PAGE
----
New Lawsuit Could Open the Floodgates on the Sackler Family

In perhaps the most horrifying statistic of this 21st century, nearly 200,000 people have died from prescription opioid overdoses since 2000. At the center of this outrage is Purdue Pharmaceuticals, makers of OxyContin, solely owned by the Sackler family.

In 2016, Freedom exposed the Sacklers for effectively convincing doctors that their product is not as addictive as previously thought, raking in an estimated $35 billion in OxyContin sales in the process. Since that expose, Purdue has had to pay out enormous penalties in lawsuits filed by US cities and states for misbranding their drug, but compared to the money the Sacklers take in, it’s a drop in the bucket.

All that may change, however, with the recent unprecedented suit filed by the city of Everett, Washington, which claims that Purdue failed to prevent the diversion of OxyContin into the black market. The lawsuit also charges that Purdue never notified the Drug Enforcement Agency (DEA) of this suspected diversion, which is required by law.

Legal experts believe that if the city of Everett prevails in civil court, the floodgates could open for other litigation.

“This point could lead to an avalanche of cases from every city, every state in the country that needs money,” says Erik Gordon, a professor with the University of Michigan Ross School of Business who follows legal issues faced by the pharmaceutical industry.

To date, Purdue has been sued by the states of New Hampshire, South Carolina, Missouri, Kentucky, New Jersey, Alaska, Louisiana, Washington, and Ohio, but all of those actions focused on misbranding.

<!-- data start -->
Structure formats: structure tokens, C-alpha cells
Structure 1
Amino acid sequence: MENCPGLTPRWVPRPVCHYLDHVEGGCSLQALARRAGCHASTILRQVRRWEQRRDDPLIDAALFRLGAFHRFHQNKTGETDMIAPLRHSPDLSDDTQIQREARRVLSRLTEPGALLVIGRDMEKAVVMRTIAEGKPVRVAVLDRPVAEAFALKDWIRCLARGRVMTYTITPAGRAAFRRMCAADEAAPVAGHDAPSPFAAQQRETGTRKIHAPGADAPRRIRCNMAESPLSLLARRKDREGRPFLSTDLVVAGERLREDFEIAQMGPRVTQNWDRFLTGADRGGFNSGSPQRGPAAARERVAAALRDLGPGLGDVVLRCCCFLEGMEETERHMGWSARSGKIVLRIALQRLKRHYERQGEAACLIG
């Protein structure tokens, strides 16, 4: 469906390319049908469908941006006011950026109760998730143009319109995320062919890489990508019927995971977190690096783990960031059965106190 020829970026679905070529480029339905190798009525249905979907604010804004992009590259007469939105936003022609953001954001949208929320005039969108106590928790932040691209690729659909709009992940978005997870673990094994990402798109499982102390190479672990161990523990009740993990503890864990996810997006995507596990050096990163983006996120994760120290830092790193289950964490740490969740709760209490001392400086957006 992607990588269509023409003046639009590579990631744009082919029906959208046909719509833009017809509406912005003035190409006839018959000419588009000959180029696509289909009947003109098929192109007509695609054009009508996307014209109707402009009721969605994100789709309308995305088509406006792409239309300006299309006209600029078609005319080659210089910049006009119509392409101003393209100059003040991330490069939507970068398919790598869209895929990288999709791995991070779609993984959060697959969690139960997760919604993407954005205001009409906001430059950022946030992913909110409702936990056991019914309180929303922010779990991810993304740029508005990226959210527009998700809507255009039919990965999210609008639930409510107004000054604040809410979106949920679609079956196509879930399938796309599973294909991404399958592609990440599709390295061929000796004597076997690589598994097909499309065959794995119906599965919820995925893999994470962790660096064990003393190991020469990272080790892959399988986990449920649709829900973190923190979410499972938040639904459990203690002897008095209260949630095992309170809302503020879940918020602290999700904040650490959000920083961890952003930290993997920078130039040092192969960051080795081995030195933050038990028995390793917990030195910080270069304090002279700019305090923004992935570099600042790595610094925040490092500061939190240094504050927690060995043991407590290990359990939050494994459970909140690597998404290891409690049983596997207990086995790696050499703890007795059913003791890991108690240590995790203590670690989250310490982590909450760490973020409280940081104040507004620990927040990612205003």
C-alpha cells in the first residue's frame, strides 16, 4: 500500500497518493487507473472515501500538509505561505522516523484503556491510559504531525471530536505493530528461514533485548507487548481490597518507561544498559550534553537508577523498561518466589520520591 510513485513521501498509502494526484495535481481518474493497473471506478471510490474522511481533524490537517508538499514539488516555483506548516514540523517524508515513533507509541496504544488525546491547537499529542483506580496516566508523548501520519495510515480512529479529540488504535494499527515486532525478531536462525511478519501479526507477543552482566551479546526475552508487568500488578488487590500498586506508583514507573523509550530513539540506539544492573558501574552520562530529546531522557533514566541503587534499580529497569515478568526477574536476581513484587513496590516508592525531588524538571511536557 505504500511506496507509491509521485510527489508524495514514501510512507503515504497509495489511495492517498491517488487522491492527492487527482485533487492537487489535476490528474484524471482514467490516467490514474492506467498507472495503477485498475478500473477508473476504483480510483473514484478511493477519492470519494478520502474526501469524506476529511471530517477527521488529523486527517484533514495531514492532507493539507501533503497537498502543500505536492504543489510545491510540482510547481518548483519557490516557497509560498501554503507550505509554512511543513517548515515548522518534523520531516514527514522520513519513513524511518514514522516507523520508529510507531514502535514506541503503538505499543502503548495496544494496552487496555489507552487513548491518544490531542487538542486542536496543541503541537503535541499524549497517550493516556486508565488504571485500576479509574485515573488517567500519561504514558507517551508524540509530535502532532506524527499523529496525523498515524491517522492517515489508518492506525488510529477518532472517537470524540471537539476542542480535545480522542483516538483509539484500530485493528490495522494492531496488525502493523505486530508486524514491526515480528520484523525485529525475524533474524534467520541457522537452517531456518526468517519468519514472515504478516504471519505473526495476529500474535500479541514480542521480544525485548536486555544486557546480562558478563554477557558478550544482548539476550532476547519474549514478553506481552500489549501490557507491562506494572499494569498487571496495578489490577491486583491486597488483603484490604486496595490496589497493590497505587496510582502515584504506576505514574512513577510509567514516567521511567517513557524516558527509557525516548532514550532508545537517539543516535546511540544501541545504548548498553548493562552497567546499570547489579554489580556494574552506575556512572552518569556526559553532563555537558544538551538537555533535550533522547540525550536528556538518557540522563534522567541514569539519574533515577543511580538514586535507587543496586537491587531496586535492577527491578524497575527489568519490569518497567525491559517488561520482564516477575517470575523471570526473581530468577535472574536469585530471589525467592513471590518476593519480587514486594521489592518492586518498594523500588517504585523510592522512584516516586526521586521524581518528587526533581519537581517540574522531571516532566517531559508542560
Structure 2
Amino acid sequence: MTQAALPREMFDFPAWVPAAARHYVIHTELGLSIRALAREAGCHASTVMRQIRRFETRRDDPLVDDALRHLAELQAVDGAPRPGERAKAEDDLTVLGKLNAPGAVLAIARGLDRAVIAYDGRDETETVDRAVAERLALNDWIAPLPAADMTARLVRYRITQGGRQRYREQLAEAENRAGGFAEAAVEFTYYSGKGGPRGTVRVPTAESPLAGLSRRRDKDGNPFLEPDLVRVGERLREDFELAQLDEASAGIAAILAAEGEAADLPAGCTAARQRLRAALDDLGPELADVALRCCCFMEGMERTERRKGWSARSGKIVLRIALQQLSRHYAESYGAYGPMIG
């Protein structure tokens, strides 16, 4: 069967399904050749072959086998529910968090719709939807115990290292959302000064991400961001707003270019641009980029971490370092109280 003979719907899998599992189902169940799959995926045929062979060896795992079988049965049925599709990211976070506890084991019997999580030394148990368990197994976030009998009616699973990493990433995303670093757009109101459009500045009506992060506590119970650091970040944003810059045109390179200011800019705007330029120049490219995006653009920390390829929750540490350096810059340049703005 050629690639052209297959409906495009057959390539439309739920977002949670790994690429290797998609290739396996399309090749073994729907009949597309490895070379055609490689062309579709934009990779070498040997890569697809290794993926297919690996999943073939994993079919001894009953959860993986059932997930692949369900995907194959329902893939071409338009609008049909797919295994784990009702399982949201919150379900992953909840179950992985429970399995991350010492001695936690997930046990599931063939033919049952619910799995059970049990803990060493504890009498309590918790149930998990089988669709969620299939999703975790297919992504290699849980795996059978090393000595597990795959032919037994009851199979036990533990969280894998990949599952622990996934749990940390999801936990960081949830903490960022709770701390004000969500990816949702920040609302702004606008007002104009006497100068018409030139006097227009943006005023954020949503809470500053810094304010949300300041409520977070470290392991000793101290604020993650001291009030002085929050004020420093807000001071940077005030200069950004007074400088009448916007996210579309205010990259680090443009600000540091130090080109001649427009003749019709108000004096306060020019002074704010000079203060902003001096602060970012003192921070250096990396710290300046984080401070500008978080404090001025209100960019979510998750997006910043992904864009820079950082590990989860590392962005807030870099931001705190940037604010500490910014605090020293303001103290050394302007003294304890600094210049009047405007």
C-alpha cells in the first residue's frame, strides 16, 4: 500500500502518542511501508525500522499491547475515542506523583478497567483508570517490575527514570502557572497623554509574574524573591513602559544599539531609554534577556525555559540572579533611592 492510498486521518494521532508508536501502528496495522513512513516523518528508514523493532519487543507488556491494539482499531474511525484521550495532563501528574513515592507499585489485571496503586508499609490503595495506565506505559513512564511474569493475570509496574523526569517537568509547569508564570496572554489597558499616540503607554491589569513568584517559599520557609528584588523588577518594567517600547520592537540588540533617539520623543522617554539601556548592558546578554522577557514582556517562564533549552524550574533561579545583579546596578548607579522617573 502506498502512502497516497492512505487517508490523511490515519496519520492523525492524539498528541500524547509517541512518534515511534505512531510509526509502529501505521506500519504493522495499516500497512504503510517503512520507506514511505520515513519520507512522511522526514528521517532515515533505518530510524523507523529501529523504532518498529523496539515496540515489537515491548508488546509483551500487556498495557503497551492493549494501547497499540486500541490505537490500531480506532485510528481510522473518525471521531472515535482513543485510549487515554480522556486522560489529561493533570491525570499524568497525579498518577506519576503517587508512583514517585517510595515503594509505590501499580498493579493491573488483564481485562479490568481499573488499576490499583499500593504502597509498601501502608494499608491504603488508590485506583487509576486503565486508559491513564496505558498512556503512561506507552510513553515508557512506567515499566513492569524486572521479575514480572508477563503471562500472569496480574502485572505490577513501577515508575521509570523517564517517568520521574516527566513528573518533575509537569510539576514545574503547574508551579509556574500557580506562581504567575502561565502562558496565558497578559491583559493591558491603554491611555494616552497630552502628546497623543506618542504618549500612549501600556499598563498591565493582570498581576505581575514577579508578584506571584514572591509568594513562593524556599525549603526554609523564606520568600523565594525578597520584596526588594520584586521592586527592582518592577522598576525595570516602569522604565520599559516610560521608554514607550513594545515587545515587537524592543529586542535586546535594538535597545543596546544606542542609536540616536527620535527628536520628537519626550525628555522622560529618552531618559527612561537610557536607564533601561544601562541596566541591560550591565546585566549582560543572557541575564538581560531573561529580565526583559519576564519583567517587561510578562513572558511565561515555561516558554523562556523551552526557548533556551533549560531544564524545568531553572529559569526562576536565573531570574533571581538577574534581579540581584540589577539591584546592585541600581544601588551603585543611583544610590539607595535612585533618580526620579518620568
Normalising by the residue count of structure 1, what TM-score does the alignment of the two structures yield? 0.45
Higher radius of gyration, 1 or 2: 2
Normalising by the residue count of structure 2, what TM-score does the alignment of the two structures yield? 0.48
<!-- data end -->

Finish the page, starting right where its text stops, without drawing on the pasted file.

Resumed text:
Purdue and three executives in 2007 pleaded guilty to federal charges related to the misbranding of OxyContin, and agreed to pay a total of $634.5 million to resolve a U.S. Justice Department probe. 

That year, the privately held company reached a $19.5 million settlement with 26 states and the District of Columbia. It agreed in 2015 to pay $24 million to resolve a lawsuit by Kentucky. 

Purdue’s creators—Arthur, Mortimer and Raymond Sackler—all became psychiatrists in their early medical careers. Arthur, however, also cut his teeth in advertising at William Douglas McAdams, specializing in churning out publications aimed at doctors. His efforts put him into the Medical Advertising Hall of Fame, which describes him as an “advocate for full-blown marketing programs (field force plus multimedia promotional activities) employed today.”

When it came to getting doctors to prescribe his company’s drugs, Arthur was a wizard. He successfully flogged Librium and Valium for Hoffmann-LaRoche, making the latter the first $1 billion drug. 

When Arthur tripped off this mortal coil, Mortimer and Raymond employed his ad strategies to sell the lie of OxyContin’s lack of addictiveness for the family-owned Purdue Pharma. Up to now, it’s worked, and the Sacklers are high among America’s wealthiest families—despite the fact that Mortimer renounced his citizenship to avoid US taxes.

Meanwhile, people die from opioid overdose in their tens of thousands every year.

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